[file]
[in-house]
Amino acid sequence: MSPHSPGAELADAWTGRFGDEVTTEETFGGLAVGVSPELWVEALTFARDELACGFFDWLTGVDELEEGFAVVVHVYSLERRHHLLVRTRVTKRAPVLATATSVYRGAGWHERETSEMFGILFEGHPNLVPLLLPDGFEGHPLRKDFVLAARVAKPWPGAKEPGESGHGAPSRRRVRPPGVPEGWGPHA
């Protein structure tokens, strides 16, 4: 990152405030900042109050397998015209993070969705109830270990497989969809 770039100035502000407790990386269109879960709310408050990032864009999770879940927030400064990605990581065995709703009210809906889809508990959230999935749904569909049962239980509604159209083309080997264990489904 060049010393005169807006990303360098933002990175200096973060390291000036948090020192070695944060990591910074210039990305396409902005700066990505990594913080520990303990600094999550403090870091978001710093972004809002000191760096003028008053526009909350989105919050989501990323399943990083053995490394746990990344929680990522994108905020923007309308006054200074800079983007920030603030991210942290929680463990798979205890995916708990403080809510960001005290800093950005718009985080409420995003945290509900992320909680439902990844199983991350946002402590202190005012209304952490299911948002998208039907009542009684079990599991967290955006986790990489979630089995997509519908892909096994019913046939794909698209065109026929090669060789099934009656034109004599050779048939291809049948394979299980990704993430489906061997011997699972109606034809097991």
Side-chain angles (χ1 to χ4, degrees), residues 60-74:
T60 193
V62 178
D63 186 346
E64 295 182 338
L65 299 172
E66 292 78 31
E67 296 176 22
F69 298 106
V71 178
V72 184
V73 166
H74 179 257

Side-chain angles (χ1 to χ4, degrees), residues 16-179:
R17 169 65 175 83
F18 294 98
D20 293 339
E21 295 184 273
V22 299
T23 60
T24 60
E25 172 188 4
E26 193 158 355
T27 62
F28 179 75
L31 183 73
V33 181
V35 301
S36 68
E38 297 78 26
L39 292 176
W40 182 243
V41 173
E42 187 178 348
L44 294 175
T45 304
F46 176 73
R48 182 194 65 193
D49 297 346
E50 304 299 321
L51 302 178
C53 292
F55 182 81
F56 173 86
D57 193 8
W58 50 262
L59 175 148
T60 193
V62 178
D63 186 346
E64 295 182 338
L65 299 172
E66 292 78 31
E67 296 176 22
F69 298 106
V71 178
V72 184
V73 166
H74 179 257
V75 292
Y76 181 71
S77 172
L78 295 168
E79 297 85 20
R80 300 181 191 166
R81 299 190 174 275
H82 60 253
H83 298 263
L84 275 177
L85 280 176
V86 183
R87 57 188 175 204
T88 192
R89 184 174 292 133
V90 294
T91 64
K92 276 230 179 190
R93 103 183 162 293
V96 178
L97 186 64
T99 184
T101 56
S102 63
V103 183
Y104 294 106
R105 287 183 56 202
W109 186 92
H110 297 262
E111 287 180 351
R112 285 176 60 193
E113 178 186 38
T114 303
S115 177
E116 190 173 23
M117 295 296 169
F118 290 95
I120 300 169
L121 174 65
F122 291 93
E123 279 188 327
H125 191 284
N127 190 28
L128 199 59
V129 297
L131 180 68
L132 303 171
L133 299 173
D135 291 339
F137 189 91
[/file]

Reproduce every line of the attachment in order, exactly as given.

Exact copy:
[in-house]
Amino acid sequence: MSPHSPGAELADAWTGRFGDEVTTEETFGGLAVGVSPELWVEALTFARDELACGFFDWLTGVDELEEGFAVVVHVYSLERRHHLLVRTRVTKRAPVLATATSVYRGAGWHERETSEMFGILFEGHPNLVPLLLPDGFEGHPLRKDFVLAARVAKPWPGAKEPGESGHGAPSRRRVRPPGVPEGWGPHA
């Protein structure tokens, strides 16, 4: 990152405030900042109050397998015209993070969705109830270990497989969809 770039100035502000407790990386269109879960709310408050990032864009999770879940927030400064990605990581065995709703009210809906889809508990959230999935749904569909049962239980509604159209083309080997264990489904 060049010393005169807006990303360098933002990175200096973060390291000036948090020192070695944060990591910074210039990305396409902005700066990505990594913080520990303990600094999550403090870091978001710093972004809002000191760096003028008053526009909350989105919050989501990323399943990083053995490394746990990344929680990522994108905020923007309308006054200074800079983007920030603030991210942290929680463990798979205890995916708990403080809510960001005290800093950005718009985080409420995003945290509900992320909680439902990844199983991350946002402590202190005012209304952490299911948002998208039907009542009684079990599991967290955006986790990489979630089995997509519908892909096994019913046939794909698209065109026929090669060789099934009656034109004599050779048939291809049948394979299980990704993430489906061997011997699972109606034809097991």
Side-chain angles (χ1 to χ4, degrees), residues 60-74:
T60 193
V62 178
D63 186 346
E64 295 182 338
L65 299 172
E66 292 78 31
E67 296 176 22
F69 298 106
V71 178
V72 184
V73 166
H74 179 257

Side-chain angles (χ1 to χ4, degrees), residues 16-179:
R17 169 65 175 83
F18 294 98
D20 293 339
E21 295 184 273
V22 299
T23 60
T24 60
E25 172 188 4
E26 193 158 355
T27 62
F28 179 75
L31 183 73
V33 181
V35 301
S36 68
E38 297 78 26
L39 292 176
W40 182 243
V41 173
E42 187 178 348
L44 294 175
T45 304
F46 176 73
R48 182 194 65 193
D49 297 346
E50 304 299 321
L51 302 178
C53 292
F55 182 81
F56 173 86
D57 193 8
W58 50 262
L59 175 148
T60 193
V62 178
D63 186 346
E64 295 182 338
L65 299 172
E66 292 78 31
E67 296 176 22
F69 298 106
V71 178
V72 184
V73 166
H74 179 257
V75 292
Y76 181 71
S77 172
L78 295 168
E79 297 85 20
R80 300 181 191 166
R81 299 190 174 275
H82 60 253
H83 298 263
L84 275 177
L85 280 176
V86 183
R87 57 188 175 204
T88 192
R89 184 174 292 133
V90 294
T91 64
K92 276 230 179 190
R93 103 183 162 293
V96 178
L97 186 64
T99 184
T101 56
S102 63
V103 183
Y104 294 106
R105 287 183 56 202
W109 186 92
H110 297 262
E111 287 180 351
R112 285 176 60 193
E113 178 186 38
T114 303
S115 177
E116 190 173 23
M117 295 296 169
F118 290 95
I120 300 169
L121 174 65
F122 291 93
E123 279 188 327
H125 191 284
N127 190 28
L128 199 59
V129 297
L131 180 68
L132 303 171
L133 299 173
D135 291 339
F137 189 91